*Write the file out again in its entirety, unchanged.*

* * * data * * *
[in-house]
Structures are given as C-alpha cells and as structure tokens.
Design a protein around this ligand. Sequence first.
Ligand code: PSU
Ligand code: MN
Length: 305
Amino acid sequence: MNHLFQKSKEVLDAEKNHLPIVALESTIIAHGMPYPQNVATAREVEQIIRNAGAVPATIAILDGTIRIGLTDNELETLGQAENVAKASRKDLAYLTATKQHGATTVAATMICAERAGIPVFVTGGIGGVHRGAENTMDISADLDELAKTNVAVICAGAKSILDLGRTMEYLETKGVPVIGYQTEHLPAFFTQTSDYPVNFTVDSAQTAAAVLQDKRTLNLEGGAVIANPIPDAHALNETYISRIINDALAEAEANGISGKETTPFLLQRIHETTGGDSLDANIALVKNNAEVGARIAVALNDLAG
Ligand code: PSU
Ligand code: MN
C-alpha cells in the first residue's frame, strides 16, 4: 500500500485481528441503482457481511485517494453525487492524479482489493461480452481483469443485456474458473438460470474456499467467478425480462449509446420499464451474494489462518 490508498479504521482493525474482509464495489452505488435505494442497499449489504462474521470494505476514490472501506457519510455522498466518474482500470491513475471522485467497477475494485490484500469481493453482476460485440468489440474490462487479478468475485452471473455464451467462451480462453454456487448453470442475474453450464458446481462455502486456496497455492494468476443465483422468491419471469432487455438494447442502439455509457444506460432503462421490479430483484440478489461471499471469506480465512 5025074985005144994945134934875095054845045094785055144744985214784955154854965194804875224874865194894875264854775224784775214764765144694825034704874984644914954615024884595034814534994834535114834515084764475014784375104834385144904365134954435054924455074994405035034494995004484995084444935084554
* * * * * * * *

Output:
[in-house]
Structures are given as C-alpha cells and as structure tokens.
Design a protein around this ligand. Sequence first.
Ligand code: PSU
Ligand code: MN
Length: 305
Amino acid sequence: MNHLFQKSKEVLDAEKNHLPIVALESTIIAHGMPYPQNVATAREVEQIIRNAGAVPATIAILDGTIRIGLTDNELETLGQAENVAKASRKDLAYLTATKQHGATTVAATMICAERAGIPVFVTGGIGGVHRGAENTMDISADLDELAKTNVAVICAGAKSILDLGRTMEYLETKGVPVIGYQTEHLPAFFTQTSDYPVNFTVDSAQTAAAVLQDKRTLNLEGGAVIANPIPDAHALNETYISRIINDALAEAEANGISGKETTPFLLQRIHETTGGDSLDANIALVKNNAEVGARIAVALNDLAG
Ligand code: PSU
Ligand code: MN
C-alpha cells in the first residue's frame, strides 16, 4: 500500500485481528441503482457481511485517494453525487492524479482489493461480452481483469443485456474458473438460470474456499467467478425480462449509446420499464451474494489462518 490508498479504521482493525474482509464495489452505488435505494442497499449489504462474521470494505476514490472501506457519510455522498466518474482500470491513475471522485467497477475494485490484500469481493453482476460485440468489440474490462487479478468475485452471473455464451467462451480462453454456487448453470442475474453450464458446481462455502486456496497455492494468476443465483422468491419471469432487455438494447442502439455509457444506460432503462421490479430483484440478489461471499471469506480465512 5025074985005144994945134934875095054845045094785055144744985214784955154854965194804875224874865194894875264854775224784775214764765144694825034704874984644914954615024884595034814534994834535114834515084764475014784375104834385144904365134954435054924455074994405035034494995004484995084444935084554